The Germans have a word for everything, as you know, and one of the more recent additions to the lexicon is Putinversteher. It means “Putin understander”, referring to those who express empathy with the Russian president’s worldview.
As such, it was a term of mild disparagement in the recent past but, given this week’s events, may now be verging towards abuse.
Putinversteher is the latest variant of what the Russians themselves used to call poputchik, a term coined by the Bolshevik Anatoly Lunacharsky but popularised by Leon Trotsky and usually translated as "fellow traveller".
That English phrase had a long innocent existence in travel writing (as I discovered while writing this, it features a lot in the older archives of An Irishman’s Diary, typically introducing the subject of funny things that happened on trains).
But for the past century, thanks to Trotsky, it has also had a pejorative meaning, to describe people who, while not being signed-up members of a political party or movement (originally the Communists, then the Nazis, and more recently – in these parts – the IRA) are in obvious sympathy with the cause.
The phrase had entered the western political mainstream by the mid-1930s, clearly.
Writing of the 1936 US presidential campaign, a New York magazine commented innocuously: "The new phenomenon is the fellow traveller. The term has a Russian background and means someone who does not accept all your aims but has enough in common with you to accompany you in a comradely fashion part of the way. In this campaign both Mr Landon and Mr Roosevelt have acquired fellow-travellers."
But when in 1949 George Orwell supplied British intelligence with a notorious list of people he saw as communist sympathisers (including Sean O'Casey and George Bernard Shaw), "F.T." and "Crypto" were among his damning abbreviations.
By then, or perhaps later, the Russians had coined other, cruder phrases to describe amenable friends. One, widely attributed to an earlier Vladimir – Lenin – but not found anywhere in his writings, is “useful idiot”. That started to appear in print in the late 1940s, but the earliest known references are Italian.
Cruder again was the term govnoed (literally "shit-eater"), which according to Viktor Suvorov, a former Soviet intelligence agent who defected to the UK in 1978, had become common currency in the USSR's western embassies.
It referred to members of communist friendship societies overseas and, although a mere metaphor, often involved actual eating events. A typical phrase used in embassies, Suvorov claimed, was: “Today we’re having some shit-eaters to dinner. Prepare a suitable menu.”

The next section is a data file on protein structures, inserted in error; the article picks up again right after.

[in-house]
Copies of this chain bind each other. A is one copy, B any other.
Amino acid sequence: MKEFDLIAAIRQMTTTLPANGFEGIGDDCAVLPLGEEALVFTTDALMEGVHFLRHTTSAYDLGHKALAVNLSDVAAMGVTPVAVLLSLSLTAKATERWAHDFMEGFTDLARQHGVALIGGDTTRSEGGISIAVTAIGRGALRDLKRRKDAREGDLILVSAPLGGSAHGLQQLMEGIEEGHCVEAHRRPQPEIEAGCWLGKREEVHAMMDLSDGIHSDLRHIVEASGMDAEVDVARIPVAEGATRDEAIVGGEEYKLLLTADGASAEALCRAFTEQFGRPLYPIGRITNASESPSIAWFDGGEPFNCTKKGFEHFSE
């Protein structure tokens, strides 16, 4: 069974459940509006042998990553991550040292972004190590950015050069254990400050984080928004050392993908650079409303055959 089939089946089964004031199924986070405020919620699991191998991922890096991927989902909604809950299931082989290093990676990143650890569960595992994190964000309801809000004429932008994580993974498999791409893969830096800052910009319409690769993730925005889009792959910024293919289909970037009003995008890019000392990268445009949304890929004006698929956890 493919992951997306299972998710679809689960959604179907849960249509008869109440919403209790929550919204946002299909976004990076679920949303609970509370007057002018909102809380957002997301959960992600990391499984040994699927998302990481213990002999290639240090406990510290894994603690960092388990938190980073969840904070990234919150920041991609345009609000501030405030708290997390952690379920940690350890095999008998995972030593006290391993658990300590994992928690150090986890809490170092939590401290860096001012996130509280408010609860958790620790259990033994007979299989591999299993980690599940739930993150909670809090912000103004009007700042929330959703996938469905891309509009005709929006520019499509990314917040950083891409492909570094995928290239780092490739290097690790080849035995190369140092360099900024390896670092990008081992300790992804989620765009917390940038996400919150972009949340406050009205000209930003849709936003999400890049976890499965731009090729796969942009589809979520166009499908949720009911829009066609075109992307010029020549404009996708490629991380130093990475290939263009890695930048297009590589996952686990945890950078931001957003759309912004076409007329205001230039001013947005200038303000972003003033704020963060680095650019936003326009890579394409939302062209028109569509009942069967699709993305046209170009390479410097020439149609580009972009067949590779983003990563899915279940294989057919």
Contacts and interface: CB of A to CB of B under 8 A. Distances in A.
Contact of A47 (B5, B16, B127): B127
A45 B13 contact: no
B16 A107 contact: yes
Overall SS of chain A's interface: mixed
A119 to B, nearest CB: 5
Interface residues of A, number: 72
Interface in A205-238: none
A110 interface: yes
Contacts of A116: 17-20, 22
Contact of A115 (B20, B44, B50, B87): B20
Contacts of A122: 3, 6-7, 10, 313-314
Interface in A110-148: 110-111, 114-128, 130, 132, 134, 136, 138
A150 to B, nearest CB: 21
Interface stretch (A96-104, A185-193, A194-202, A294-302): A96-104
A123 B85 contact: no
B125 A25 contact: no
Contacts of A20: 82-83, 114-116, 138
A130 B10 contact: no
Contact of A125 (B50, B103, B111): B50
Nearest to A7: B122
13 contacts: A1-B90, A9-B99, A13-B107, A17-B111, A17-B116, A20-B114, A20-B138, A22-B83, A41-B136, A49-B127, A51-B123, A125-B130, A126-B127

Getting back to fellow-travellers, the Germans had a word for them too. To anglophone ears, Mitläufer may also suggest food (or perhaps a fan of the recently deceased singer of Bat Out of Hell). But it meant literally a “runner with” and it too referred to people who, while not necessarily members of a movement, passively collaborated.
In Germany, it was through fascism rather than communism that the term became notorious. After the war, it was the lowest of the culpable categories into which people were sorted under the denazification process.
In some cases, the expression was applied even to those who had joined the party. Excusing the great conductor Herbert von Karajan for a Nazi membership card, former chancellor Helmut Schmidt said: "Karajan was obviously not a Nazi. He was a Mitläufer."
By contrast the film-maker Leni Riefenstahl, although not a member, was officially declared a Mitläufer and so barred from seeking public office. So was the architect and sculptor Arno Breker, a Nazi favourite whose career nevertheless continued to thrive after the war.
On at least one memorable occasion, Breker had been a literal fellow traveller of Hitler, accompanying him on the Fuhrer’s first and only visit to Paris: a rushed, two-and-a-half-hour tour on the morning of June 23rd, 1940.
As summarised in Graham Robb’s book Parisians, there was no time during the visit for Hitler to eat a meal, speak to locals, or even go to the toilet. But as the former-artist-turned-dictator confided in Breker and others, it was “the dream my life” to see Paris, a city he would have happily studied in had politics not diverted him from art.
Interested mainly in the architecture, he visited the Arc de Triomphe, Eiffel Tower, and the Panthéon. He also saw the old opera house and the Louvre (which he called “one of the greatest works of genius in the history of architecture”). Finally, the entourage drove up the steep hill to Montmartre, where Hitler took in the view over the city for several minutes.
Then he turned around to look at the Basilica of Sacré-Coeur and dismissed it as “appalling”.